'Yours <N. Bostrom> is the best demonstration of the existence of a
"Christian God", a potentially capricious being who runs the universe
from the outside and may be interested in the beings within his universe.
Another way to state the conclusions is that, given the assumptions,
the probability that I live in a universe created and run by a god
is very high.'
R. A. Lafferty ('Annals of Klepsis', chapter 8) wrote that people
are too much superficial, fuzzy, blurred. Thus, according to Lafferty,
it's difficult to believe that God - in person - has something to do
with those 'unreal' people. He suggests that some 'demiurge' might
have done the job.
But this easily leads to the 'tower of turtles' argument.
In example Basilides taught that Nous was the first to be born from
the Unborn Father; from Nous was born Logos; from Logos Phronesis;
from Phronesis Sophia and Dynamis, and from Phronesis and Dynamis
the Virtues, the Principalities, and the Archangels. By these the
highest heaven was made, by their descendants the second heaven,
and by the descendants again of these the third, and so on till
they reached the number 365. Hence the year has as many days as
there are heavens. The angels, who hold the last or visible heaven,
brought about all things that are in the world and shared amongst
themselves the earth and the nations upon it.
But the Zohar mentions 390 heavens and over 70,000 worlds.
And Jellenek (in Beth Ha-Midrasch) recalls a legend which tells
of 955 heavens ...
ŚNo tower of turtlesą advised W. James!
(Calvino's imaginative argument)
- Italo Calvino -
'Invisible Cities' (1972)
VI, Cities and the sky.
In Eudossia, that extends up and low, with meandering alleys, steps, narrow
lanes, hovels, a carpet is kept in which you can contemplate the real shape
of the city. At first nothing seems to resemble less Eudossia than the
design of the carpet, ordered in symmetrical figures that repeat their
patterns along straight and circular lines, woven of needleful of dazzling
colors, which alternating wefts you can follow all along the warp. But if
you stop to observe it with attention, you perceive that to every place of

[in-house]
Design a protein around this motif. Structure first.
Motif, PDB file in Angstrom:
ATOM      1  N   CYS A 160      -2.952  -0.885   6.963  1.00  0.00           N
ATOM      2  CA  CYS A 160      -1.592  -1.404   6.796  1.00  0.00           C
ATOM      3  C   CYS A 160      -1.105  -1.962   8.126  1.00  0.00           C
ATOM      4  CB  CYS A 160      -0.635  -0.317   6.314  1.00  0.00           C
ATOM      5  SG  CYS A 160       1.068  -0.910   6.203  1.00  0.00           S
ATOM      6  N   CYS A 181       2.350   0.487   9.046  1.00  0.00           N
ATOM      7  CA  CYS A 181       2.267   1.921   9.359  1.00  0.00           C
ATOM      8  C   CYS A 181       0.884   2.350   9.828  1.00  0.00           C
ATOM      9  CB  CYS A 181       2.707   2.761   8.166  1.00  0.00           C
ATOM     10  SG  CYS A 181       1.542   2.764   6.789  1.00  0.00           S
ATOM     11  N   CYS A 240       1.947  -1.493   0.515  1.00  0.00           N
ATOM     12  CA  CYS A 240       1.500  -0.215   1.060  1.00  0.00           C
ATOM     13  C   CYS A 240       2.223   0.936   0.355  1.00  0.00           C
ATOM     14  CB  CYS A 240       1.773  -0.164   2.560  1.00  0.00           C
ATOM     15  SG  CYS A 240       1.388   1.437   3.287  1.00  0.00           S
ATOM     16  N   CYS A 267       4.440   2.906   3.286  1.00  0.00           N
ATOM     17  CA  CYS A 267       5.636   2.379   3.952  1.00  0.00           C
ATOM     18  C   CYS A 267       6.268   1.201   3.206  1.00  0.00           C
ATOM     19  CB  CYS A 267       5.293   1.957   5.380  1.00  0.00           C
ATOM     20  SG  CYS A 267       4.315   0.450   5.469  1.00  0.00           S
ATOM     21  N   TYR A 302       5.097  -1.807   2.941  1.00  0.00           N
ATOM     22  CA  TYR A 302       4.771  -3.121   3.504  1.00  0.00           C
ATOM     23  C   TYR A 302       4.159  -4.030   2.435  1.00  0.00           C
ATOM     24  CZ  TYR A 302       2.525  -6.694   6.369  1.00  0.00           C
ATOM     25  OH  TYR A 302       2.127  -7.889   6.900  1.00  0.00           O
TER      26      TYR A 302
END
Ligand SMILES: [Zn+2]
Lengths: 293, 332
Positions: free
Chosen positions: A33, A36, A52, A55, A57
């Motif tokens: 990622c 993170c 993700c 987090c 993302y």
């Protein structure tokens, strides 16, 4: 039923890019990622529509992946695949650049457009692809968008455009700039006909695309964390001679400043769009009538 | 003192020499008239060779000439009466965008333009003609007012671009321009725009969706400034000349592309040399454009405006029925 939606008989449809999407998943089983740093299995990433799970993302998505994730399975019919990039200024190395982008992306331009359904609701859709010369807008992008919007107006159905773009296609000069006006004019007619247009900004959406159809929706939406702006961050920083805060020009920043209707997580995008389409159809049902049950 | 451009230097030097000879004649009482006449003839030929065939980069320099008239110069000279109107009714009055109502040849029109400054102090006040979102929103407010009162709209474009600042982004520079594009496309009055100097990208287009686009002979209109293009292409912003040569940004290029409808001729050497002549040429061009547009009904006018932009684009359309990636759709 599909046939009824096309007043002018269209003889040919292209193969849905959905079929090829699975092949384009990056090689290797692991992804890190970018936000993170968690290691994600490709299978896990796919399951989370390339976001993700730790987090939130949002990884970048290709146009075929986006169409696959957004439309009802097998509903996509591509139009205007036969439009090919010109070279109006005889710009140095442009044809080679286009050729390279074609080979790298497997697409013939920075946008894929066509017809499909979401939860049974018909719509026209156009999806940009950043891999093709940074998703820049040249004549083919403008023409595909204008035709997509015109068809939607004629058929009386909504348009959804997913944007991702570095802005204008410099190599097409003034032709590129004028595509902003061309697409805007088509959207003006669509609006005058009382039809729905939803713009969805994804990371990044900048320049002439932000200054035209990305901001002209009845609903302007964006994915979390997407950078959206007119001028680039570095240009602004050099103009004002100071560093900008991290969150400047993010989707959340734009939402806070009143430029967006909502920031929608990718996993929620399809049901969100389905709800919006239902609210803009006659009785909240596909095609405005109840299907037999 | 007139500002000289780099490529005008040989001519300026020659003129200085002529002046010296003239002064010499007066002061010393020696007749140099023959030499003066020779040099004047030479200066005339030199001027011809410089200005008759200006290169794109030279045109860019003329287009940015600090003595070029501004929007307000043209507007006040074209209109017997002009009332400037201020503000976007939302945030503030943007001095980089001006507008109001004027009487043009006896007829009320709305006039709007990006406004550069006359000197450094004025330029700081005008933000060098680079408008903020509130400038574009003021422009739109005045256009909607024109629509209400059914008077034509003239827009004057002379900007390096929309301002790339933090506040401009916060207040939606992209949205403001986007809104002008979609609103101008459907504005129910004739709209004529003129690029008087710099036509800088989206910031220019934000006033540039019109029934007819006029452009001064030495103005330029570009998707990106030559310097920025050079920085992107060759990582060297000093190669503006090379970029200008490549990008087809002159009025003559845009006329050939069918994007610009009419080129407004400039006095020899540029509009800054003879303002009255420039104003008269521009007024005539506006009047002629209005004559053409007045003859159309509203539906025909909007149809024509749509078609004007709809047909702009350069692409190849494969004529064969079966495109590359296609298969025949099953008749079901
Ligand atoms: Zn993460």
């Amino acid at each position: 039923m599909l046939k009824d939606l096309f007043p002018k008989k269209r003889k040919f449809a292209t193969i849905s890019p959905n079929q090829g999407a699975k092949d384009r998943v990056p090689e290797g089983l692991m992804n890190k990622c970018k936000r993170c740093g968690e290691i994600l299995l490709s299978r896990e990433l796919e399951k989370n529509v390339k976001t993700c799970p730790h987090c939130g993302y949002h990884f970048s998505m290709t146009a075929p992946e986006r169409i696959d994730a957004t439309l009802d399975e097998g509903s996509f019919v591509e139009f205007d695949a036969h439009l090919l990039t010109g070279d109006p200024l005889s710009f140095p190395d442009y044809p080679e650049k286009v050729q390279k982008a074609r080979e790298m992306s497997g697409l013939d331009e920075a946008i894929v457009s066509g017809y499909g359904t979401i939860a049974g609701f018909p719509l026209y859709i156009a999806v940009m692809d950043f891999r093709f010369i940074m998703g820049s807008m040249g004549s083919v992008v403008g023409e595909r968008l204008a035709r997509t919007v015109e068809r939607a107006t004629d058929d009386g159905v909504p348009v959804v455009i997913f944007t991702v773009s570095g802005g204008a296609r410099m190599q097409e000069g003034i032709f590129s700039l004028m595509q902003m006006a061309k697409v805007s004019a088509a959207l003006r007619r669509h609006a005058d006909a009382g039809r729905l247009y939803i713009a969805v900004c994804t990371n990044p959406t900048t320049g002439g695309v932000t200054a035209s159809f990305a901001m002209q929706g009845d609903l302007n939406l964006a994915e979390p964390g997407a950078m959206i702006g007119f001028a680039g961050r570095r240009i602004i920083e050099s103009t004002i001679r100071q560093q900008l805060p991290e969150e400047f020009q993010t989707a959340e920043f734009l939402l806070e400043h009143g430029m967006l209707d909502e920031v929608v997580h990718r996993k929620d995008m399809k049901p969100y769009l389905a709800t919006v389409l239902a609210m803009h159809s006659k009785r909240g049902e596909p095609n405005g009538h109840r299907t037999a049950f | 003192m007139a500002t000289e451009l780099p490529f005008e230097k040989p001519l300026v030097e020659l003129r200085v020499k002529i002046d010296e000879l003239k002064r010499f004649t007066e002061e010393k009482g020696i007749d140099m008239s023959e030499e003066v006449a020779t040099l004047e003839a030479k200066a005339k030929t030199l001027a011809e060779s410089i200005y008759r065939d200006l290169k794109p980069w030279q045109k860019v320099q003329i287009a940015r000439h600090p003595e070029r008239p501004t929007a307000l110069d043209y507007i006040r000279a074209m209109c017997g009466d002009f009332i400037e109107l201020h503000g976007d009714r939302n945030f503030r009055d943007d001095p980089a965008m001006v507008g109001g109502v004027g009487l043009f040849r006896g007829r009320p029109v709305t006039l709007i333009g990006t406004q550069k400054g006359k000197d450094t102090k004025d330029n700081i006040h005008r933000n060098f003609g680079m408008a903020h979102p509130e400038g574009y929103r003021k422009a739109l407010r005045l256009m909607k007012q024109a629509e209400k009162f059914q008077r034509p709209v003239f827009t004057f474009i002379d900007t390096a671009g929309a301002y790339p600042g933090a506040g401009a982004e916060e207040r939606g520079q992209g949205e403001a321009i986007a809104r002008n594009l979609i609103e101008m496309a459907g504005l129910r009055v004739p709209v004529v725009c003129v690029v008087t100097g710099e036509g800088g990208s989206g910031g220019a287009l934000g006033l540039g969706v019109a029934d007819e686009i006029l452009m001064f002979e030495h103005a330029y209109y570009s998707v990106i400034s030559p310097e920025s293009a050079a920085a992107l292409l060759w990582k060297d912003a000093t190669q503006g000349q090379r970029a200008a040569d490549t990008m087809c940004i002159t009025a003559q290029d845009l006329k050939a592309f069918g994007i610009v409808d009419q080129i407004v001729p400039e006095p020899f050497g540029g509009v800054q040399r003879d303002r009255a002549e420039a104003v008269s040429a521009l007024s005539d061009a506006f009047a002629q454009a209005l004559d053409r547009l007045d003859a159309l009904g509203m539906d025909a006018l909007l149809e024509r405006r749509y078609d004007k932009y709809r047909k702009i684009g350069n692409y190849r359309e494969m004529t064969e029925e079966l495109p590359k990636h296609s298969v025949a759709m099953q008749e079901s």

the carpet corresponds a place of the city and that all the things contained
in the city are comprised in the design, arranged according to their true
relationships, which escape to your eye distracted from the coming and going
from the swarming from the awful crush. All the confusion in Eudossia, the
bray of the mules, the spots of lamp-black, the smell of fish, is what
appear in the partial perspective that you pick; but the carpet proves that
there is a point from which the city shows its true proportions, the
geometric outline implicit in its every minimal detail.
Getting lost in Eudossia is easy: but when you concentrates staring the
carpet you recognize the road that you were looking for in a crimson or
indigo or amaranth thread that through a long round lets you enter in a
purple fence that is your true point of arrival. Every inhabitant of
Eudossia confronts to the immovable order of the carpet his own image of the
city, an anguish, and everyone can find hidden between the arabesques an
answer, the story of his life, the twists of his destiny.
An oracle was consultated about the mysterious relationship between two such
different objects as the carpet and the city. One of the two objects, - it
was the response, - has the shape that the gods gave to the starry sky and
to the orbits around which the worlds spin; the other one is an approximate
glare, like every human work.
The augurs since so long were sure that the harmonic design of the carpet
was of divine nature; in this sense the oracle was interpreted, without
giving place to controversies. But in the same way you can draw the opposite
conclusion: that the real map of the universe is the city of Eudossia as it
is, a spot that spreads without shape, with zigzag roads, houses collapsing
above one another in the dust, fires, cries in the dark.
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